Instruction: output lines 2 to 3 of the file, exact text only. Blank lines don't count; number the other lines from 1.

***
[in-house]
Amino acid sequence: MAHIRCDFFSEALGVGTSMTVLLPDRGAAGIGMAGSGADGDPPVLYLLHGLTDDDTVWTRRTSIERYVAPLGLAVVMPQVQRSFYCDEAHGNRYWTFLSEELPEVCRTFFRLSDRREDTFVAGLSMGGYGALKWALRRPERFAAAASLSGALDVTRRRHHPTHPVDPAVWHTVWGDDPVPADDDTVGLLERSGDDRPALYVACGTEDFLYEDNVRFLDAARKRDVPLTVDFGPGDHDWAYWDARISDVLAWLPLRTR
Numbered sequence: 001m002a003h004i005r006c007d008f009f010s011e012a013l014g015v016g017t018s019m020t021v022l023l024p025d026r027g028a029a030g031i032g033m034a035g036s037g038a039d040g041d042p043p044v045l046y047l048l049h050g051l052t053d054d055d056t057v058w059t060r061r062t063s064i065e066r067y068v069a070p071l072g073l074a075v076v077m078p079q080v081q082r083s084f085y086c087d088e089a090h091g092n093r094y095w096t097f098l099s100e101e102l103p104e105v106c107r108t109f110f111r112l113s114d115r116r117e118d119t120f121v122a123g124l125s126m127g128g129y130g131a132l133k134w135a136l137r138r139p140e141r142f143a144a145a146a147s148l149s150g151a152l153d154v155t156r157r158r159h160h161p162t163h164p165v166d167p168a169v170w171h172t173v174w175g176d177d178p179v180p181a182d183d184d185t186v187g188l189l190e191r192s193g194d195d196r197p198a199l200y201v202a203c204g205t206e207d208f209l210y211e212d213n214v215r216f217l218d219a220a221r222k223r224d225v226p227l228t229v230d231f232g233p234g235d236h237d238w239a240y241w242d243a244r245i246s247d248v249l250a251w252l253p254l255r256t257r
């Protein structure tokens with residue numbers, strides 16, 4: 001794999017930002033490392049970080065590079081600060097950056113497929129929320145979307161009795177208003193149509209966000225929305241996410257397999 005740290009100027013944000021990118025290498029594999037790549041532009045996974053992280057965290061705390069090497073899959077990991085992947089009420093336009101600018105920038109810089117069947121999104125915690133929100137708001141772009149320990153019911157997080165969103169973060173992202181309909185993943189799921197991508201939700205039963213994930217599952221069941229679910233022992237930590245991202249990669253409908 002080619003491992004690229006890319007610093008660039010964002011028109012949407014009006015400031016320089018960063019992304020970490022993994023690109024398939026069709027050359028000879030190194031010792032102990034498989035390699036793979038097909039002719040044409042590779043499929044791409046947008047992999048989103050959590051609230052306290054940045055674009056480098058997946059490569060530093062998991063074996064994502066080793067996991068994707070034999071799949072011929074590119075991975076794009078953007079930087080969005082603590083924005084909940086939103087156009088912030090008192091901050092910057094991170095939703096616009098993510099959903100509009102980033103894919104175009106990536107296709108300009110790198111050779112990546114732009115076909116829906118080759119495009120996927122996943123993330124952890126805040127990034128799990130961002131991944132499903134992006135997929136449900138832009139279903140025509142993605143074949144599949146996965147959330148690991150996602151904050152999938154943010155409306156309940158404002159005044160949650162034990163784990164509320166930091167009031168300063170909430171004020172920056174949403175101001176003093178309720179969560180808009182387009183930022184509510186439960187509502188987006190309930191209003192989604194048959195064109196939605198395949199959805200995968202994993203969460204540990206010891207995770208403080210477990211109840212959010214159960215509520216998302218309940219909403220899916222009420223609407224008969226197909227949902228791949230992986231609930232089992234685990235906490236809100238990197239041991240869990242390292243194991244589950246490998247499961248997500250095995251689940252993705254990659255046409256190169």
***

Amino acid sequence: MAHIRCDFFSEALGVGTSMTVLLPDRGAAGIGMAGSGADGDPPVLYLLHGLTDDDTVWTRRTSIERYVAPLGLAVVMPQVQRSFYCDEAHGNRYWTFLSEELPEVCRTFFRLSDRREDTFVAGLSMGGYGALKWALRRPERFAAAASLSGALDVTRRRHHPTHPVDPAVWHTVWGDDPVPADDDTVGLLERSGDDRPALYVACGTEDFLYEDNVRFLDAARKRDVPLTVDFGPGDHDWAYWDARISDVLAWLPLRTR
Numbered sequence: 001m002a003h004i005r006c007d008f009f010s011e012a013l014g015v016g017t018s019m020t021v022l023l024p025d026r027g028a029a030g031i032g033m034a035g036s037g038a039d040g041d042p043p044v045l046y047l048l049h050g051l052t053d054d055d056t057v058w059t060r061r062t063s064i065e066r067y068v069a070p071l072g073l074a075v076v077m078p079q080v081q082r083s084f085y086c087d088e089a090h091g092n093r094y095w096t097f098l099s100e101e102l103p104e105v106c107r108t109f110f111r112l113s114d115r116r117e118d119t120f121v122a123g124l125s126m127g128g129y130g131a132l133k134w135a136l137r138r139p140e141r142f143a144a145a146a147s148l149s150g151a152l153d154v155t156r157r158r159h160h161p162t163h164p165v166d167p168a169v170w171h172t173v174w175g176d177d178p179v180p181a182d183d184d185t186v187g188l189l190e191r192s193g194d195d196r197p198a199l200y201v202a203c204g205t206e207d208f209l210y211e212d213n214v215r216f217l218d219a220a221r222k223r224d225v226p227l228t229v230d231f232g233p234g235d236h237d238w239a240y241w242d243a244r245i246s247d248v249l250a251w252l253p254l255r256t257r